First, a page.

"Merely having a number associated with something makes it sound worthwhile, even if the number isn't all that valid," said Robert J. Sternberg, dean of Tufts University's School of Arts and Sciences and former president of the American Psychological Association.

No topic in education sparks as much debate and division as testing -- especially standardized testing.

Although U.S. students have never been strangers to tests, President Bush's No Child Left Behind initiative has revolutionized the process. Implemented in 2003, the law seeks to hold schools accountable for results. It not only added a national mandate for testing, but also raised the stakes higher than ever. A single test today can determine grade promotion or high school graduation, a teacher's salary or a principal's job.

Proponents say standardized tests are the best objective tool to hold teachers and schools accountable; opponents argue that the tests prove nothing more than that some kids are better at taking tests than others.

"The problem is not the tests themselves," Sternberg said. "They are assigned a value way beyond what they actually have. It has become like a cult."

The testing culture "has a lot more momentum than it should," agreed Harvard University education professor Daniel Koretz, an expert on assessment and measurement. He said a lack of solid research on the results of the new testing regimen -- or those that predated No Child Left Behind -- essentially means that the country is experimenting with its young people.

Tests, experts say, also serve as self-fulfilling prophecies; the most elite schools accept only students with top scores and then brag that it is these students who do well. The current craze of ranking schools also perpetuates the importance of tests, they say.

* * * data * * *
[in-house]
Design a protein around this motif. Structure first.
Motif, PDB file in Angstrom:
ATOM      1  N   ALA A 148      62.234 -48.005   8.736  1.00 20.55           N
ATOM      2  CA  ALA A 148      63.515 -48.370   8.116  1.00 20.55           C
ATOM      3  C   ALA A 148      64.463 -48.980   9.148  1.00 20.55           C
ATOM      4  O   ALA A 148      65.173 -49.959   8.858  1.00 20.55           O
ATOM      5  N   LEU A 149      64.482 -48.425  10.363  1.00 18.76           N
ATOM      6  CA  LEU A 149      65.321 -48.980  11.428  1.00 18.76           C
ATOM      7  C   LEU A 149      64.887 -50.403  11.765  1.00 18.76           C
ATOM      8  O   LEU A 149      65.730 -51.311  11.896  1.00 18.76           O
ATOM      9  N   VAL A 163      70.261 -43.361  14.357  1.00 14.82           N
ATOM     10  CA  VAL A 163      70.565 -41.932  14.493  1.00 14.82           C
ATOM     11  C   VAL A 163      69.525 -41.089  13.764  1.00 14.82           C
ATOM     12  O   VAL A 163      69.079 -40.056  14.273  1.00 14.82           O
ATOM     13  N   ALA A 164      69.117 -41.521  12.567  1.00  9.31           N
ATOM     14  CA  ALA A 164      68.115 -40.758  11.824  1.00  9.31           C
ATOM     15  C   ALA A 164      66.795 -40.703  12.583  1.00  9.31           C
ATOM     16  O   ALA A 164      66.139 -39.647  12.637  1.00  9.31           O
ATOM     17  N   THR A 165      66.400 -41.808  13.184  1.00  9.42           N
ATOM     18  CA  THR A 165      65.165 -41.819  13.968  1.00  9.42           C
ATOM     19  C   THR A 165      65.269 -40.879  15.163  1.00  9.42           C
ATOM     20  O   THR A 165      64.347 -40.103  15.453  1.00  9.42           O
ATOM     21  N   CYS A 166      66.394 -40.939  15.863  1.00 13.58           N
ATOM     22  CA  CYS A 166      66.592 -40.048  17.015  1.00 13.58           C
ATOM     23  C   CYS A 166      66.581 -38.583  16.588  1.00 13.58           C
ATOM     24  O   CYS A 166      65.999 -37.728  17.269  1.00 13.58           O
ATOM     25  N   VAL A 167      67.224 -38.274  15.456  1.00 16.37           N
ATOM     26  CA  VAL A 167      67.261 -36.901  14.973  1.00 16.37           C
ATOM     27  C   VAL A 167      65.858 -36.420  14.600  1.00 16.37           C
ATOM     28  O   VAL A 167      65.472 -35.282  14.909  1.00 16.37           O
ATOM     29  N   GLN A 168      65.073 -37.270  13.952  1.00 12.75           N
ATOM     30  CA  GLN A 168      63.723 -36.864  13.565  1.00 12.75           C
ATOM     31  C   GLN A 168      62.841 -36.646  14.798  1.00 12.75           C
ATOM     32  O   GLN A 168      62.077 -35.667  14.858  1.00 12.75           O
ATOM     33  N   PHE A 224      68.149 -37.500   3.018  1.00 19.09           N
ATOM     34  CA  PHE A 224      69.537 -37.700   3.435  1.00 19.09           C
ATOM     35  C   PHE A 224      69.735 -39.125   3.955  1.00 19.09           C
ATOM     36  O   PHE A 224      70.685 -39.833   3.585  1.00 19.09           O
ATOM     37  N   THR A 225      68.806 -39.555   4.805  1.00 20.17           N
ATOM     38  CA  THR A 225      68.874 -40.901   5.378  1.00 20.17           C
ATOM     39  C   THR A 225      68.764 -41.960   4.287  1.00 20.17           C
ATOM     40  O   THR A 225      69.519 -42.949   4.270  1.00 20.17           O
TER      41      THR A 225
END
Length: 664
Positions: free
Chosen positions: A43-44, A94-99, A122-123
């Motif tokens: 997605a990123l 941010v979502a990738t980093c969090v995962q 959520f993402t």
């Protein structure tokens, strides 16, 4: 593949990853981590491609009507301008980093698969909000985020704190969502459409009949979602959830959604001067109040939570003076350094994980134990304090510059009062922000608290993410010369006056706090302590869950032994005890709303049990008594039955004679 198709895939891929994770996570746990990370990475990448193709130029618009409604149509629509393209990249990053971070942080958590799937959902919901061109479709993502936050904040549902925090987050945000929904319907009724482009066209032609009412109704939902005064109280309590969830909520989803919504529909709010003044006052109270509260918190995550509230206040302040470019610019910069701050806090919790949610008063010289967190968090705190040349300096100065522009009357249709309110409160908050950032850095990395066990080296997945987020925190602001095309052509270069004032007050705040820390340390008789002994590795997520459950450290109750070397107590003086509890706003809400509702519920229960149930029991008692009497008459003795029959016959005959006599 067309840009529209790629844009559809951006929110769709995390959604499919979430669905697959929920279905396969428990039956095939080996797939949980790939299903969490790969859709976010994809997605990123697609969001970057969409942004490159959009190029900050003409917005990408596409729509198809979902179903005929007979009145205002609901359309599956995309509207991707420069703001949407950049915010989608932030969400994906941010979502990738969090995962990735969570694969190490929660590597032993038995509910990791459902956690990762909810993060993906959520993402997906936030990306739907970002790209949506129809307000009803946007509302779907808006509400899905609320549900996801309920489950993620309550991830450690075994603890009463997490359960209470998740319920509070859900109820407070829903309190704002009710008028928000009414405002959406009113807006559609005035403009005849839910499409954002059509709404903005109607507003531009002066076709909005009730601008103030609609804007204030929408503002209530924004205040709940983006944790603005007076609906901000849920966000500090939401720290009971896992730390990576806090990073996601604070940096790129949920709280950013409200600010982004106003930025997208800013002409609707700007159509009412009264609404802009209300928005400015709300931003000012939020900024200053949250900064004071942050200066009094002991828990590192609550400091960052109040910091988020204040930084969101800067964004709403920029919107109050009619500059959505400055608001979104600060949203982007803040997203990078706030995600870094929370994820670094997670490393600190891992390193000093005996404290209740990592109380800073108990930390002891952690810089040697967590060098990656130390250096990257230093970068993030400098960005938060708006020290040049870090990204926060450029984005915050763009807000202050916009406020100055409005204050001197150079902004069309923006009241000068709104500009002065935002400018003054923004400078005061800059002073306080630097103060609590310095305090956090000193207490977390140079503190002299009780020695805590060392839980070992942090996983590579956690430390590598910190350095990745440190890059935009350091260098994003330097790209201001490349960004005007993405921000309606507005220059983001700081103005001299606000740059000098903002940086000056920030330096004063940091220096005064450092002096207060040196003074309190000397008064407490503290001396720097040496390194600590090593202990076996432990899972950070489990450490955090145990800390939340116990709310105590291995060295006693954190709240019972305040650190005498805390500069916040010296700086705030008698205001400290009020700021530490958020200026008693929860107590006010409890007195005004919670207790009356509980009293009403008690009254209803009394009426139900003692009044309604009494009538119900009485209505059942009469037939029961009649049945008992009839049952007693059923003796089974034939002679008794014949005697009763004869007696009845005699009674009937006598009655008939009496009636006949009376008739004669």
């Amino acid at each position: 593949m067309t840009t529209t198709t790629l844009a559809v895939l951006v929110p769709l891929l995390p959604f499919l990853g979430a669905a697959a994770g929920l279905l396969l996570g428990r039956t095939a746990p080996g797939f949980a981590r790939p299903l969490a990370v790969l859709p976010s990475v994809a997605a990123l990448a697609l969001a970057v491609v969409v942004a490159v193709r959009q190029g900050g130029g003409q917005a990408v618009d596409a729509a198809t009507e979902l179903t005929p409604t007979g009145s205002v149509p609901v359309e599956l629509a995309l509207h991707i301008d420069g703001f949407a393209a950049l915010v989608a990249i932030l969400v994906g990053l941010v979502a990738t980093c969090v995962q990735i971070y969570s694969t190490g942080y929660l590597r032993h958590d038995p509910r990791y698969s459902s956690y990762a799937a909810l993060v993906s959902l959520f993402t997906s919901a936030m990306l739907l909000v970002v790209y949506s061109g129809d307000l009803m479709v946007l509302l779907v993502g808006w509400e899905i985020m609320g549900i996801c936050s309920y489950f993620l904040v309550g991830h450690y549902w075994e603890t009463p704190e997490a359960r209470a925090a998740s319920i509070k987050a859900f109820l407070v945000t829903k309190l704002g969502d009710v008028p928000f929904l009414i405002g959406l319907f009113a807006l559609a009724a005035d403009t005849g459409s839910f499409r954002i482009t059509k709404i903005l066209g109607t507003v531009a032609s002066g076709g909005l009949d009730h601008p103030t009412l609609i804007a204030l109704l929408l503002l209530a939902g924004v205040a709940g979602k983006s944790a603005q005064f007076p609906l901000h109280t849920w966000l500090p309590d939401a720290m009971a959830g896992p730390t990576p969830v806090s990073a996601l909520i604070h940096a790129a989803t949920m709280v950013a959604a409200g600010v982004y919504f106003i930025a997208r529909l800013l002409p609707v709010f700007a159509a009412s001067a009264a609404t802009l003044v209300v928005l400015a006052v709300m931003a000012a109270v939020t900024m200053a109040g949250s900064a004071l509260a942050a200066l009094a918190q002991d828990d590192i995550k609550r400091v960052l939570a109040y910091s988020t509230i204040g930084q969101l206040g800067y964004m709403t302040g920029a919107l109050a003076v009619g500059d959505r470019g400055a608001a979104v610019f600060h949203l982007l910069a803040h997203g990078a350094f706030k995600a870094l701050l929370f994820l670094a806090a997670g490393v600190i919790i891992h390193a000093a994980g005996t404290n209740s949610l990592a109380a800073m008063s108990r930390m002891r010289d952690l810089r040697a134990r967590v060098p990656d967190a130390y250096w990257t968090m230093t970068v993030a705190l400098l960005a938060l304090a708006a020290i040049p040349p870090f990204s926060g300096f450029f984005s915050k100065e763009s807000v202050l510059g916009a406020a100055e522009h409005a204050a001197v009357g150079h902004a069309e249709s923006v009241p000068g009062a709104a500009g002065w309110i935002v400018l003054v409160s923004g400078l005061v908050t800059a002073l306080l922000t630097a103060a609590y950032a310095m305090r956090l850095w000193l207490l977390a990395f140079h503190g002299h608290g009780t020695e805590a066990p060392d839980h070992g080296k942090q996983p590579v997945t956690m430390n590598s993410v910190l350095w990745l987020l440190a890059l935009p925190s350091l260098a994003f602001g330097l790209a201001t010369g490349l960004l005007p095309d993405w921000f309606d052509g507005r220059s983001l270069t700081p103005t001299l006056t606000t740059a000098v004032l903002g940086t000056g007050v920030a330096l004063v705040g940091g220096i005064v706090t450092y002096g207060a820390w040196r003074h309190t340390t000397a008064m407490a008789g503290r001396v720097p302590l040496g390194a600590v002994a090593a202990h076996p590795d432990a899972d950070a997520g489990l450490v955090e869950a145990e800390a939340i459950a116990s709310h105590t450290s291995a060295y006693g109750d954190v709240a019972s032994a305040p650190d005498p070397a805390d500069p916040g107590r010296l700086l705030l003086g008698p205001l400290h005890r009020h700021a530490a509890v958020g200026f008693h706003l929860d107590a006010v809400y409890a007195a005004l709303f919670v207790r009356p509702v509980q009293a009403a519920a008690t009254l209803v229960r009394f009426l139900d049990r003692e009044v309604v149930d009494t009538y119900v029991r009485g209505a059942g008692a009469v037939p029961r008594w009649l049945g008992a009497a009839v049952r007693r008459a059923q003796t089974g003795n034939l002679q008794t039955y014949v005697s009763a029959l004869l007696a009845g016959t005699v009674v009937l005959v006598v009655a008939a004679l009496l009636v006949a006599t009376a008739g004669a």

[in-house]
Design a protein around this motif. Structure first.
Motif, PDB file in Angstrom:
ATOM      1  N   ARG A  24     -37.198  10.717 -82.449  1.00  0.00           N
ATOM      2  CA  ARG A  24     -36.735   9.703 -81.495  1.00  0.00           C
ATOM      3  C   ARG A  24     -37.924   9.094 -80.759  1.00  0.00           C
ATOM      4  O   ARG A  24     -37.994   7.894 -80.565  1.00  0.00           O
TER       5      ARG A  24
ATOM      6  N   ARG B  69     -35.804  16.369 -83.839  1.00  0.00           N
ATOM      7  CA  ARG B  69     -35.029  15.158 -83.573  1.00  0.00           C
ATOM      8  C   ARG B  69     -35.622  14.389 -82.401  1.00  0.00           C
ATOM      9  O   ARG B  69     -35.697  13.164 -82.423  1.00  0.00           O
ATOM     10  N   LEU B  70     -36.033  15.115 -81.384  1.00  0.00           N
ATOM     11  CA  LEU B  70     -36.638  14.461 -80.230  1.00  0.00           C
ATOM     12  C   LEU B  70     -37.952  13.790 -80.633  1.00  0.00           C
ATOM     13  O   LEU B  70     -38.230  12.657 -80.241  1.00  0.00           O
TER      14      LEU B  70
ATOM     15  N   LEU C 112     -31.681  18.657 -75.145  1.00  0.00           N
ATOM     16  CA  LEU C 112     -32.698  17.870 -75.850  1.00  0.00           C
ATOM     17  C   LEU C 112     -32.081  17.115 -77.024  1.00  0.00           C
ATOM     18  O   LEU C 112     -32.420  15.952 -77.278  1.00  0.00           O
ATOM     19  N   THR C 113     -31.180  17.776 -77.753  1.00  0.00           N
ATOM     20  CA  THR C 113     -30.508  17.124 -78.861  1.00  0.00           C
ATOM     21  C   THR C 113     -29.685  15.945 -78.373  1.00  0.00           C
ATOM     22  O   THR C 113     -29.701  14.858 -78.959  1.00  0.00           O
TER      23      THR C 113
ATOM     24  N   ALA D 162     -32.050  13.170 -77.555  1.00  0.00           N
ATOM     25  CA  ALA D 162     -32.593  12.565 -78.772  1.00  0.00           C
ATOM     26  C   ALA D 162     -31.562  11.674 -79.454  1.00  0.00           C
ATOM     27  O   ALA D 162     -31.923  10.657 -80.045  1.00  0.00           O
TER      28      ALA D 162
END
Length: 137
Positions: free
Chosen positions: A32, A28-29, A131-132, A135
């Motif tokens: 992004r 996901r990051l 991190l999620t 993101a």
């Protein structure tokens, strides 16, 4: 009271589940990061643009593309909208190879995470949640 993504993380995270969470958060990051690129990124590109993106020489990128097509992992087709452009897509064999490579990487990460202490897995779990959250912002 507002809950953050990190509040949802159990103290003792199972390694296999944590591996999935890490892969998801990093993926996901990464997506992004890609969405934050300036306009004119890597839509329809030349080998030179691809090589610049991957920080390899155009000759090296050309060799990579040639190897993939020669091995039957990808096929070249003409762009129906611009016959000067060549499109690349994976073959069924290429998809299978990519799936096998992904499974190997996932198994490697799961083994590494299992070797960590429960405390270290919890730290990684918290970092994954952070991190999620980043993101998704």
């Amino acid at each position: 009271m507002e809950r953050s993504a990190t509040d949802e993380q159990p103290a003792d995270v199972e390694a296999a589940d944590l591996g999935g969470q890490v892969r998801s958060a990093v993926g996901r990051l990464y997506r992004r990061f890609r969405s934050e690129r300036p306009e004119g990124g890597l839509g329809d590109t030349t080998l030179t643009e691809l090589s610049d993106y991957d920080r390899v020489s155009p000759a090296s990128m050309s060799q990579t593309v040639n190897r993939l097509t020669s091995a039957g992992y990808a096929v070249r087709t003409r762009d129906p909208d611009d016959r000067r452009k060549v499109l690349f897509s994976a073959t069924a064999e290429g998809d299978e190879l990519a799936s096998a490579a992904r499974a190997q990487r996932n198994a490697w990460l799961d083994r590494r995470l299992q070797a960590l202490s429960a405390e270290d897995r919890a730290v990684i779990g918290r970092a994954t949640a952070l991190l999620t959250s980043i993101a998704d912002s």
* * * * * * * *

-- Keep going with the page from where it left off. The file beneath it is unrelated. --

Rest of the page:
Ask students what they think about standardized tests and many agree with Leah Zipperstein, a junior at Colorado College. She said she remembers her teachers in Cincinnati spending weeks in middle and high school helping kids practice to pass the tests rather than teaching something more substantive.

"I'm so sick of caring about those tests," she said.

"I think we have probably, as a culture and as a society, gone too far," said Michael A. Morehead, associate dean of the College of Education at New Mexico State University. "We need to really reflect on what these tests imply. They don't really evaluate character. They don't really evaluate persistence of an individual."

Standardized tests also don't measure values or attitude, said Daniel Chambliss, a sociology professor at Hamilton College in Clinton, N.Y.

"Tests measure very narrow kinds of things under very specific circumstances," he said. "And real life doesn't work that way."

Some polls indicate that a majority of Americans are growing dubious of high-stakes standardized tests; three of the major gubernatorial candidates in Texas, for example, want to de-emphasize the state's high-stakes exam.

Still, nobody expects tests to go away; in fact, the latest wrinkle in the debate is about a national test that would supplant the state and systemwide tests now given.

That is why Pat Wyman, an instructor at California State University at East Bay and author of "Learning vs. Testing: Strategies That Bridge the Gap," says students should just learn how to deal with tests -- of all kinds.